Which Comes First -- the Programming or the Sets?

By Frank Ahrens
Washington Post Staff Writer
Sunday, January 21, 2007

For much of the past decade, there has been something of a chicken-and-egg scenario with high-definition television, or HDTV: Consumers weren't buying the very expensive HD television sets because there was so little HD programming. On the other side, television networks said it was not worthwhile to produce pricier HD programming because no one was buying HD sets.

Now, that standoff is starting to change.

The number of channels delivered in HD is still small -- usually about a dozen or so on a cable or satellite lineup. But the recent inclusion of the major networks and their prime-time offerings -- "American Idol," "Desperate Housewives," "CSI" and "ER," among others -- has put HD on the radar of mainstream viewers.

The price of a set is also becoming more mainstream: A 32-inch LCD set that was $2,000 a few years ago now costs less than $900.

The Consumer Electronics Association expects an estimated 16 million HD sets to be shipped to stores in the United States this year, up from 13 million last year. HD offerings also are expected to jump this year. Earlier this month, DirecTV announced plans for HD versions of 100 channels -- MTV, USA Network, the SciFi Channel and others -- by the end of the year.

Cable companies are ramping up their offerings, too.

"The big cable companies, led by Comcast, became concerned a few years ago that they were losing their best premium subscribers to satellite, which rolled out HDTV nationwide quickly," Gary Shapiro, the president of CEA, wrote in an e-mail. "So big cable companies have come late, but they are now in the game."

Current cable channels in HD include HBO, Showtime, two ESPNs, Discovery and TNT. The first national high-definition network was HDNet, founded in 2001 by Dallas Mavericks owner Mark Cuban.

"The more HD people watch, the more they want to watch," Cuban wrote in an e-mail. "Study after study has shown that HD-content viewers turn to HD channels before [standard definition] to see what's on."

He said he wants his HDNet, which recently signed Dan Rather to host a news show, to add more original programming. "I want to take chances much in the same manner that HBO and FX do," he wrote.

Cuban noted that prime-time ratings have been edging up for network TV, and he wrote, "I don't think it's an accident that most of that programming is now in HD."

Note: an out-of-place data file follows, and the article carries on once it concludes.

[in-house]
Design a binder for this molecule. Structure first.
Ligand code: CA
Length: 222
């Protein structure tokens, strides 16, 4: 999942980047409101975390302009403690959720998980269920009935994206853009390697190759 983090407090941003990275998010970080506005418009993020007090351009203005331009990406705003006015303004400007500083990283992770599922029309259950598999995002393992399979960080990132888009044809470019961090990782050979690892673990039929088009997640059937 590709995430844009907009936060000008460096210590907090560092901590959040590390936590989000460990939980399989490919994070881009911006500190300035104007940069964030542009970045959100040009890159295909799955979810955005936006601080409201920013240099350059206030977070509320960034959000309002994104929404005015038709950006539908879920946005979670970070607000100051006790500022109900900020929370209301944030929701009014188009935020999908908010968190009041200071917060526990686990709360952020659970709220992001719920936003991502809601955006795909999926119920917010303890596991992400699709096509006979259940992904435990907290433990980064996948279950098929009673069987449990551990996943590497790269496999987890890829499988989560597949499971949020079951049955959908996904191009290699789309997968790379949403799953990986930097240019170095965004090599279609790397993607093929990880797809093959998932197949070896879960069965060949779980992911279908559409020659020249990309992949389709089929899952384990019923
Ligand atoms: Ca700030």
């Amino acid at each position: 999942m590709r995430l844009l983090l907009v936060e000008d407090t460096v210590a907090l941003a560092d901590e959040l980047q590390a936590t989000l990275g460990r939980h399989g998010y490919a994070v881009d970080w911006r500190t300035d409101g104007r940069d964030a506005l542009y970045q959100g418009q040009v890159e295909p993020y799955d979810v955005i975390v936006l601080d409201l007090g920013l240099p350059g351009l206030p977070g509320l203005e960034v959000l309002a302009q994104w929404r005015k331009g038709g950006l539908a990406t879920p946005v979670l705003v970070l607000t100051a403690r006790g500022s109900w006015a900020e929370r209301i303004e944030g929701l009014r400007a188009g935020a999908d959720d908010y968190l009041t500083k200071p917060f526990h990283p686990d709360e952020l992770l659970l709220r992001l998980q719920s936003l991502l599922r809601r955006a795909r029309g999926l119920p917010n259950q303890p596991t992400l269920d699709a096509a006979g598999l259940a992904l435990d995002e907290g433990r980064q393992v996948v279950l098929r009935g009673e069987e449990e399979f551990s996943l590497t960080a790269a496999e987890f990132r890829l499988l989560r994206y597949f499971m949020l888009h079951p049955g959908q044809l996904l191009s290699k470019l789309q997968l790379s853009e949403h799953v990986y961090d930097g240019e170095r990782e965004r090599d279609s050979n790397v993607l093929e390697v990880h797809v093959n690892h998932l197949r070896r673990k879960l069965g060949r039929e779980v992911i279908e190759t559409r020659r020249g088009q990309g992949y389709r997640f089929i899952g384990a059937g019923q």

He predicted that the networks will see the real impact of HD viewing on their ratings in the 2007-08 television season, at which point, "the floodgates of HD content and networks will open."

How did we get from there to here?

Anthony Vinciquerra, Fox Networks Group president, credits former Federal Communications commissioner Michael K. Powell with urging the networks to begin producing more HD content, preparing for the federally mandated switchover from analog to digital television in 2009.

"He really pushed hard," and the FCC encouraged cable operators to start carrying HD signals of local broadcasts, Vinciquerra said.

This year Fox's 18 regional sports networks will carry some 2,000 hours of HD programming.

But the HD broadcasts of sports, such as Fox's NFL games and CBS's college football and basketball tilts, can be a complicated process. Some networks, for example, still require two production trucks at each game -- one for high-definition and one for standard-definition -- while others have invested in dual-definition trucks.

Martin D. Franks, a CBS Corp. executive vice president who oversees the network's HD efforts, said that the sports programming has been a good driver of HDTV adoption but that prime-time programming is what seals the deal.

"The sports clearly gets guys into the store to think about buying," Franks said. "But what consumer research shows, female spouses are frequently saying, 'What's on that we're interested in?' "

Franks said there are some areas where broadcasters need to improve the number of HD broadcasts available, mainly in news and on-site reality shows, such as CBS hits "Survivor" and "The Amazing Race."

The latter are slow to move into high-definition because HD cameras are still more delicate than standard cameras.

"If something breaks, there isn't a Sony store on the corner in Fiji," he said, referring to CBS's "Survivor: Fiji" series.

For Franks, the HD boom has a back-to-the-future feel.

"It reminds me of being a young man when only three or four color shows were on a week," he said. "You made your viewing decisions for shows based on what was in color that week."

© 2007 The Washington Post Company